I have long been a fan of Ray Bradbury’s science fiction (think, R is For Rocket) and Ridley Scott’s sci-fi movies because I like the way mixing humans with robotic and alien life forms seems to bring out the best and worst of humanity. “Prometheus” is an engaging and wondrous movie, and a worthy addition to the Ridley Scott pantheon of movies about lonely doomed space ships travelling the cosmos and lonely doomed droids (“Alien” (1979) “Blade Runner” (1982)). This is Scott’s first sci-fi movie since “Blade Runner.” It begins at the dawn of time with a space ship delivering a giant pale creature who tumbles into a waterfall, spreading DNA to young planet earth. In the year 2089 the heroes of the movie, scientist lovers Shaw (Noomi Rapace) and Holloway (Logan Marshall-Green) find cave paintings pointing to the star origins of these “engineer” spaceships and they are on their way.
I liked the characters in this one. Dr. Elizabeth Shaw is a plucky, sincere scientist bent on making contact with the engineers. Holloway, also a scientist, has kind of a bad boy slacker vibe, unusual for a scientist. The most enigmatic character is David (Michael Fassbender), a human-like droid who is perky, unflappable and has patterned himself after Peter O’Toole’s performance in “Lawrence of Arabia.” Like most droids he seems to resent his lack of full humanity and this breeds an agenda. Being a droid also makes him a savior, a flawless tech-charged superhero, and David seems drawn to the God-like nature of the engineers. Vickers (Charlize Theron) is the corporate manager of this space venture, and she gives orders and sashays around the ship with enough droid-like detachment to question how human she is. Weirdly, David refers to her as “mommy.”
So the crew lands on this drab, rocky planet and they take off in cool dune buggies wearing oval aquarium heads which thunk into each other and they have no idea of the catastrophes that await. Something I appreciate about Ridley Scott is his mixture of live action with actors in wild locations, engaging sets, and special effects. The focus is on the actors in their futuristic costuming, with holograms or goopy liquids in supporting roles. The Ridley Scott way of doing things seems more real to me than full CGI movies. To me going full “Avatar” is a bit too cartoonish, and it leaves me cold.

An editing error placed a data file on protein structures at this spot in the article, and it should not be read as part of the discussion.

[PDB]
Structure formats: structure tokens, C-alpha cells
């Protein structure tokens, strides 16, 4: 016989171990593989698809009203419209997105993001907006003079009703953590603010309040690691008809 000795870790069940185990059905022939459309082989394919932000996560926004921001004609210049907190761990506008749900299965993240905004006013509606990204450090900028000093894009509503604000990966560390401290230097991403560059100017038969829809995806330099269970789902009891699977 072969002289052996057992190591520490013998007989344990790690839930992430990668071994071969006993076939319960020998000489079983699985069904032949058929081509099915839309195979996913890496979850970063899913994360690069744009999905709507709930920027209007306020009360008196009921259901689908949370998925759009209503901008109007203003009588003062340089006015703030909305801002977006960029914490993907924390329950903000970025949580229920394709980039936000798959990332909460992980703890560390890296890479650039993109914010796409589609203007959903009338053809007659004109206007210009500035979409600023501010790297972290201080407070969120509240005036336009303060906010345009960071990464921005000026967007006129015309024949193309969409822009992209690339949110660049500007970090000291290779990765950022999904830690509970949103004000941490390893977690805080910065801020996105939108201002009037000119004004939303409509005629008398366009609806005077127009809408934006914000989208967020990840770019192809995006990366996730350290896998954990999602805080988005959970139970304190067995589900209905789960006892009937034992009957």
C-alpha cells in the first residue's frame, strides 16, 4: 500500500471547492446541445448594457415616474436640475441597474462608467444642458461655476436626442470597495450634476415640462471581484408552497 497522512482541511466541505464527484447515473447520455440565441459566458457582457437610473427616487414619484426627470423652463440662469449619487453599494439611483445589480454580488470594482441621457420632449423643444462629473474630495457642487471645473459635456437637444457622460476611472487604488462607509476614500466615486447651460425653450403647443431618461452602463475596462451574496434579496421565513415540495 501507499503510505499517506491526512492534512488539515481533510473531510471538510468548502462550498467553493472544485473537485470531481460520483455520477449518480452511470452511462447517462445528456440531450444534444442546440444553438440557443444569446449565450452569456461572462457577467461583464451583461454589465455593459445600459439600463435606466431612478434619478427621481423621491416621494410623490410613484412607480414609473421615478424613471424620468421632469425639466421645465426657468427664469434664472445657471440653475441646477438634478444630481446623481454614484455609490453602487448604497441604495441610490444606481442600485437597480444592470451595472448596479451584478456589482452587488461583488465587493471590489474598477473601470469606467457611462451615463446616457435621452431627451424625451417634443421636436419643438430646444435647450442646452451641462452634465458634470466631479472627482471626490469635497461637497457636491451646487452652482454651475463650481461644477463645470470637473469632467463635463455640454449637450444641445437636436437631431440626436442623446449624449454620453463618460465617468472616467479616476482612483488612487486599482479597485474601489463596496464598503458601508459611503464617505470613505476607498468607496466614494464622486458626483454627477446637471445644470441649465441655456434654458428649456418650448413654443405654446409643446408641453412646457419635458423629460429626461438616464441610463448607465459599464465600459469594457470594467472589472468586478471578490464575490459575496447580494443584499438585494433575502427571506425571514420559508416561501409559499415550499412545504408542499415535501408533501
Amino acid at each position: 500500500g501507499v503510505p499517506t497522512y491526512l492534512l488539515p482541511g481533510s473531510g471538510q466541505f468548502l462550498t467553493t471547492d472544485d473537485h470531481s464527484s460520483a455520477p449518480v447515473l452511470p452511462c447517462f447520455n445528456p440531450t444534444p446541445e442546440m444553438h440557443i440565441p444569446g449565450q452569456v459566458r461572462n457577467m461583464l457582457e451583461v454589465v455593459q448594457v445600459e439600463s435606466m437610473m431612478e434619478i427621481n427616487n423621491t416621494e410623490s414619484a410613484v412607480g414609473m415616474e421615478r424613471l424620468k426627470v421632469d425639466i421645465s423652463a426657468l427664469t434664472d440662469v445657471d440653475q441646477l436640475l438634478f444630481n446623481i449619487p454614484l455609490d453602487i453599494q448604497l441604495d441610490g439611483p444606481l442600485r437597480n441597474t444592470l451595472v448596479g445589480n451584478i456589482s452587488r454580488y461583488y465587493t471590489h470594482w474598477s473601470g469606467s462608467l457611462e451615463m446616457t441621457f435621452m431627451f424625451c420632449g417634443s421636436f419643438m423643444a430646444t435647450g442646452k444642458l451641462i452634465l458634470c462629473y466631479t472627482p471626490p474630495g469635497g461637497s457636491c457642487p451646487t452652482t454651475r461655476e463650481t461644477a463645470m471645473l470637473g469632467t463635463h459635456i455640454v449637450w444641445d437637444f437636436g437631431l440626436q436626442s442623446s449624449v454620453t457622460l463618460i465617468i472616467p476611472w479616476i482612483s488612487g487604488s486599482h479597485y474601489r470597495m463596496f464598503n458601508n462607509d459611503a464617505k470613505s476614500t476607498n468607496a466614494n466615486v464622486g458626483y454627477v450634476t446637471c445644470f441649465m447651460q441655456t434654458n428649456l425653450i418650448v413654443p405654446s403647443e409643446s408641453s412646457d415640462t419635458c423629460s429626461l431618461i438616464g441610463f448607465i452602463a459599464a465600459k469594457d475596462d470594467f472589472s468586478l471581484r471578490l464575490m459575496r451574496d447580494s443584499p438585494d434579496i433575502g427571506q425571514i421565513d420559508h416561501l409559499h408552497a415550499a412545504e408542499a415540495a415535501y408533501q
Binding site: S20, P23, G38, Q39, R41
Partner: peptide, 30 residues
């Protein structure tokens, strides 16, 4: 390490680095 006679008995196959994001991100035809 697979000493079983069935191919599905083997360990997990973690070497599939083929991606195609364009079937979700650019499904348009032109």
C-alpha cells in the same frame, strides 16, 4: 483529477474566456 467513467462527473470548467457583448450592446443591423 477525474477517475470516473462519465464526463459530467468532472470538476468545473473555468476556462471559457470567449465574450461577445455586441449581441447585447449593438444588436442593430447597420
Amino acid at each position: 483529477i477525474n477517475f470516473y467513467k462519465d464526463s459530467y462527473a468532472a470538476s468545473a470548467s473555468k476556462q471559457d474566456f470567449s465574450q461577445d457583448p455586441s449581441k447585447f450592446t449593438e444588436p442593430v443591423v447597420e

Another staple of doomed spaceship movies is crew dissension. The crew of Prometheus wakes up from their liquid time suspension capsules (a movie device so accepted it is practically settled science) and sit on folding chairs to watch a holographic presentation from the wrinkly septuagenarian founder of the Weyland Corp, the underwriter of the voyage. They are immediately cranky and have no idea what they have signed up for or the degree of danger they will be exposed to (spoiler alert: extreme maximum danger). Who signs up for two years of suspension to a distant galaxy without asking a few basic questions?
There is alot of great action in this movie, be it droid basketball feats, wildly savage attacks from mutant crew members, huge keeling spaceships rolling in the desert, or self-operations performed inside iPad vending machines. The usual Ridley Scott questions of alien life are asked: Should we embrace alien life forms out there? Should we kill them out of fear, or should we run for our lives because they are out to destroy us? The struggles of these characters bring these questions to life in some new and intriguing ways. The ending has sequel written all over it, but still satisfies. Check it out, I found it worth the price of admission.